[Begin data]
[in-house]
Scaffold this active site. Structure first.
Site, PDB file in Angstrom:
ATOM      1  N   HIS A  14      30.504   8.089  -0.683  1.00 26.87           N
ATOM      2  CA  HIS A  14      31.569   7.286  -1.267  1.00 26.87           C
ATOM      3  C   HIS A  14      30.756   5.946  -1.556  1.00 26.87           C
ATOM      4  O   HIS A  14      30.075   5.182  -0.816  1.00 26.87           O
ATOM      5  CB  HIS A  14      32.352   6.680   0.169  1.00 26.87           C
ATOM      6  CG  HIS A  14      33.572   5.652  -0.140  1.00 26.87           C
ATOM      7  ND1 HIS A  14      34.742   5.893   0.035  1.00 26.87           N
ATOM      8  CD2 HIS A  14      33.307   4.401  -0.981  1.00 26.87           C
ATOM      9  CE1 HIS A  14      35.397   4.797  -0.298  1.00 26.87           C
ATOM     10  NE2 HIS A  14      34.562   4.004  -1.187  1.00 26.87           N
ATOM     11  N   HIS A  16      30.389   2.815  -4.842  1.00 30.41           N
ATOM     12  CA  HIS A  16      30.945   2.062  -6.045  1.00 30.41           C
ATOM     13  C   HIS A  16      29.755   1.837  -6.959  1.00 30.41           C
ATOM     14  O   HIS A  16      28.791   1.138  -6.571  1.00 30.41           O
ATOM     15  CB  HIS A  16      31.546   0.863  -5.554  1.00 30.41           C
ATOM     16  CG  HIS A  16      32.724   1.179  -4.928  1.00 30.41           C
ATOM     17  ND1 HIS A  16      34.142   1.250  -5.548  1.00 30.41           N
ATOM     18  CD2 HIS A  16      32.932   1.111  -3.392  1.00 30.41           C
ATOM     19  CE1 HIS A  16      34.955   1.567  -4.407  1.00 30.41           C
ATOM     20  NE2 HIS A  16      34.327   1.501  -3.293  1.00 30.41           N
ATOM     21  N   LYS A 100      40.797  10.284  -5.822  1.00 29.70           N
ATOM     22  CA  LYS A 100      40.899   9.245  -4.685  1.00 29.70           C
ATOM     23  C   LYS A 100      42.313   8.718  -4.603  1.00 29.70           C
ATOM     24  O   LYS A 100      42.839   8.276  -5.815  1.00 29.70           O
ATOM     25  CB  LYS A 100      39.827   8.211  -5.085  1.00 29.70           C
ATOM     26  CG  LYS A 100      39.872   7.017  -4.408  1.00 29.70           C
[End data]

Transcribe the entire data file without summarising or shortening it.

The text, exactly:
[in-house]
Scaffold this active site. Structure first.
Site, PDB file in Angstrom:
ATOM      1  N   HIS A  14      30.504   8.089  -0.683  1.00 26.87           N
ATOM      2  CA  HIS A  14      31.569   7.286  -1.267  1.00 26.87           C
ATOM      3  C   HIS A  14      30.756   5.946  -1.556  1.00 26.87           C
ATOM      4  O   HIS A  14      30.075   5.182  -0.816  1.00 26.87           O
ATOM      5  CB  HIS A  14      32.352   6.680   0.169  1.00 26.87           C
ATOM      6  CG  HIS A  14      33.572   5.652  -0.140  1.00 26.87           C
ATOM      7  ND1 HIS A  14      34.742   5.893   0.035  1.00 26.87           N
ATOM      8  CD2 HIS A  14      33.307   4.401  -0.981  1.00 26.87           C
ATOM      9  CE1 HIS A  14      35.397   4.797  -0.298  1.00 26.87           C
ATOM     10  NE2 HIS A  14      34.562   4.004  -1.187  1.00 26.87           N
ATOM     11  N   HIS A  16      30.389   2.815  -4.842  1.00 30.41           N
ATOM     12  CA  HIS A  16      30.945   2.062  -6.045  1.00 30.41           C
ATOM     13  C   HIS A  16      29.755   1.837  -6.959  1.00 30.41           C
ATOM     14  O   HIS A  16      28.791   1.138  -6.571  1.00 30.41           O
ATOM     15  CB  HIS A  16      31.546   0.863  -5.554  1.00 30.41           C
ATOM     16  CG  HIS A  16      32.724   1.179  -4.928  1.00 30.41           C
ATOM     17  ND1 HIS A  16      34.142   1.250  -5.548  1.00 30.41           N
ATOM     18  CD2 HIS A  16      32.932   1.111  -3.392  1.00 30.41           C
ATOM     19  CE1 HIS A  16      34.955   1.567  -4.407  1.00 30.41           C
ATOM     20  NE2 HIS A  16      34.327   1.501  -3.293  1.00 30.41           N
ATOM     21  N   LYS A 100      40.797  10.284  -5.822  1.00 29.70           N
ATOM     22  CA  LYS A 100      40.899   9.245  -4.685  1.00 29.70           C
ATOM     23  C   LYS A 100      42.313   8.718  -4.603  1.00 29.70           C
ATOM     24  O   LYS A 100      42.839   8.276  -5.815  1.00 29.70           O
ATOM     25  CB  LYS A 100      39.827   8.211  -5.085  1.00 29.70           C
ATOM     26  CG  LYS A 100      39.872   7.017  -4.408  1.00 29.70           C